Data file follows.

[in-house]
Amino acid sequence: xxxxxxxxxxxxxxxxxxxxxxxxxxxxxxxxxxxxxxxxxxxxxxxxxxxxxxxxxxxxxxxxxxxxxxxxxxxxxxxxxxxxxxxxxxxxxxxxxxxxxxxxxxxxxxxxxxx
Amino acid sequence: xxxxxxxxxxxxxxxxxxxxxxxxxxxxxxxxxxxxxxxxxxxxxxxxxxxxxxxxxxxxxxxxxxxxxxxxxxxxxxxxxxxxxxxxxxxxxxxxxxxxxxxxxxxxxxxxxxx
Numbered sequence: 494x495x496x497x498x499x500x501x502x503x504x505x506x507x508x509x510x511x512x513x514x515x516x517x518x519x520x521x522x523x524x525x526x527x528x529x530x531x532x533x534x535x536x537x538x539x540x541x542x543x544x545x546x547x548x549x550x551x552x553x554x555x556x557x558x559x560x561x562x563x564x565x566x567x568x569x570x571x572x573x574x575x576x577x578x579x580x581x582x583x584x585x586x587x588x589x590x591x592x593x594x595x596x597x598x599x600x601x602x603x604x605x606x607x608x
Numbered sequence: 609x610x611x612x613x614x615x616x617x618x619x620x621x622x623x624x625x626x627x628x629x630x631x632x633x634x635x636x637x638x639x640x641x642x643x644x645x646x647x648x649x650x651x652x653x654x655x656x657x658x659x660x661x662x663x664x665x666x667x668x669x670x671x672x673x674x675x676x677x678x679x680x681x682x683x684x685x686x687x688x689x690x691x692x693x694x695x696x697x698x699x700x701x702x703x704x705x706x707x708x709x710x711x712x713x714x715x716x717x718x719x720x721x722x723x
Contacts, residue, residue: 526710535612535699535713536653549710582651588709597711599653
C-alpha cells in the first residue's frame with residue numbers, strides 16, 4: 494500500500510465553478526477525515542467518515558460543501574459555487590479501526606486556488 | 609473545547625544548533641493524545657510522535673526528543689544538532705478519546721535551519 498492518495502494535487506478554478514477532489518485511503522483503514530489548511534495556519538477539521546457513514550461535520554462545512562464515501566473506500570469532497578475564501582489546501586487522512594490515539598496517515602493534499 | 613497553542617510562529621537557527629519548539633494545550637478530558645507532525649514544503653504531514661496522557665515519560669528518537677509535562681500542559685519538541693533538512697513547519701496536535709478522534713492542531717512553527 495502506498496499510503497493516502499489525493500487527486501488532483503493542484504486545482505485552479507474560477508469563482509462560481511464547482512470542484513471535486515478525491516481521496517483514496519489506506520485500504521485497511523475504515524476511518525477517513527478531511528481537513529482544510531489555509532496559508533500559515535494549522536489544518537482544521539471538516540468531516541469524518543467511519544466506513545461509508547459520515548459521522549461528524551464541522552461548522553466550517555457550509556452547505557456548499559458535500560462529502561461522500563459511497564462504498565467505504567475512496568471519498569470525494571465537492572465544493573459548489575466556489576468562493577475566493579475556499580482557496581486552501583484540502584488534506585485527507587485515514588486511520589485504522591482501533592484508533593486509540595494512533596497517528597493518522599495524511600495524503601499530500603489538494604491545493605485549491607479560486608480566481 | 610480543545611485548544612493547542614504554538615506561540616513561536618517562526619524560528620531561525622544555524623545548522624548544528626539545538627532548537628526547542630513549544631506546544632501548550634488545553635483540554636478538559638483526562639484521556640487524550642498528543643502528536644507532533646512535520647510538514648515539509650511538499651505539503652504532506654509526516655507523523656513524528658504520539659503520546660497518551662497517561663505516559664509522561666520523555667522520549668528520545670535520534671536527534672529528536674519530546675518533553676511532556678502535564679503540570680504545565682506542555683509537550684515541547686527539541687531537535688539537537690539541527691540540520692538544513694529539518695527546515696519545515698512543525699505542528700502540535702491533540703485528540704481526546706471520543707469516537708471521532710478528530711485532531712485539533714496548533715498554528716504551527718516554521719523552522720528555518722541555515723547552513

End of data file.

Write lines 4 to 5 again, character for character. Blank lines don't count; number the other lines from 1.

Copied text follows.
Numbered sequence: 494x495x496x497x498x499x500x501x502x503x504x505x506x507x508x509x510x511x512x513x514x515x516x517x518x519x520x521x522x523x524x525x526x527x528x529x530x531x532x533x534x535x536x537x538x539x540x541x542x543x544x545x546x547x548x549x550x551x552x553x554x555x556x557x558x559x560x561x562x563x564x565x566x567x568x569x570x571x572x573x574x575x576x577x578x579x580x581x582x583x584x585x586x587x588x589x590x591x592x593x594x595x596x597x598x599x600x601x602x603x604x605x606x607x608x
Numbered sequence: 609x610x611x612x613x614x615x616x617x618x619x620x621x622x623x624x625x626x627x628x629x630x631x632x633x634x635x636x637x638x639x640x641x642x643x644x645x646x647x648x649x650x651x652x653x654x655x656x657x658x659x660x661x662x663x664x665x666x667x668x669x670x671x672x673x674x675x676x677x678x679x680x681x682x683x684x685x686x687x688x689x690x691x692x693x694x695x696x697x698x699x700x701x702x703x704x705x706x707x708x709x710x711x712x713x714x715x716x717x718x719x720x721x722x723x